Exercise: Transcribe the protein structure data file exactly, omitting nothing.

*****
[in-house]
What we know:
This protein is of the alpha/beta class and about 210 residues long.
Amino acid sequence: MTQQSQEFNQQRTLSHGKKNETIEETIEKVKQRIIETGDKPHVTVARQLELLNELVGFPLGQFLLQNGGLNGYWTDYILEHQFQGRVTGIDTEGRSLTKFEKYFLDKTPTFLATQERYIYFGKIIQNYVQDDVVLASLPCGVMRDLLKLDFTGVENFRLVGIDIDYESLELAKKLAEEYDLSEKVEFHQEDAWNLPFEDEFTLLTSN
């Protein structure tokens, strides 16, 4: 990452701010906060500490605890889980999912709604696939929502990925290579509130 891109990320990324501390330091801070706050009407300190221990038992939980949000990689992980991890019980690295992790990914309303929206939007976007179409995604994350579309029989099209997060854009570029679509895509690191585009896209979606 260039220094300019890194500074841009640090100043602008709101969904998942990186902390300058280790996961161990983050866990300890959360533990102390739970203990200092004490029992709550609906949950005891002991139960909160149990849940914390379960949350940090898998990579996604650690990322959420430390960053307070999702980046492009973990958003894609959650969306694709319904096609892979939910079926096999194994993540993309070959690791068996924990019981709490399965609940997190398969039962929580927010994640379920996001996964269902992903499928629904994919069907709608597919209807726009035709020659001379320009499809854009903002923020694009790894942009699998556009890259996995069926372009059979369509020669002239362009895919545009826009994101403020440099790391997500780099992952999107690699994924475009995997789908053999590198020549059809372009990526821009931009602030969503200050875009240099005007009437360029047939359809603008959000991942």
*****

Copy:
[in-house]
What we know:
This protein is of the alpha/beta class and about 210 residues long.
Amino acid sequence: MTQQSQEFNQQRTLSHGKKNETIEETIEKVKQRIIETGDKPHVTVARQLELLNELVGFPLGQFLLQNGGLNGYWTDYILEHQFQGRVTGIDTEGRSLTKFEKYFLDKTPTFLATQERYIYFGKIIQNYVQDDVVLASLPCGVMRDLLKLDFTGVENFRLVGIDIDYESLELAKKLAEEYDLSEKVEFHQEDAWNLPFEDEFTLLTSN
């Protein structure tokens, strides 16, 4: 990452701010906060500490605890889980999912709604696939929502990925290579509130 891109990320990324501390330091801070706050009407300190221990038992939980949000990689992980991890019980690295992790990914309303929206939007976007179409995604994350579309029989099209997060854009570029679509895509690191585009896209979606 260039220094300019890194500074841009640090100043602008709101969904998942990186902390300058280790996961161990983050866990300890959360533990102390739970203990200092004490029992709550609906949950005891002991139960909160149990849940914390379960949350940090898998990579996604650690990322959420430390960053307070999702980046492009973990958003894609959650969306694709319904096609892979939910079926096999194994993540993309070959690791068996924990019981709490399965609940997190398969039962929580927010994640379920996001996964269902992903499928629904994919069907709608597919209807726009035709020659001379320009499809854009903002923020694009790894942009699998556009890259996995069926372009059979369509020669002239362009895919545009826009994101403020440099790391997500780099992952999107690699994924475009995997789908053999590198020549059809372009990526821009931009602030969503200050875009240099005007009437360029047939359809603008959000991942």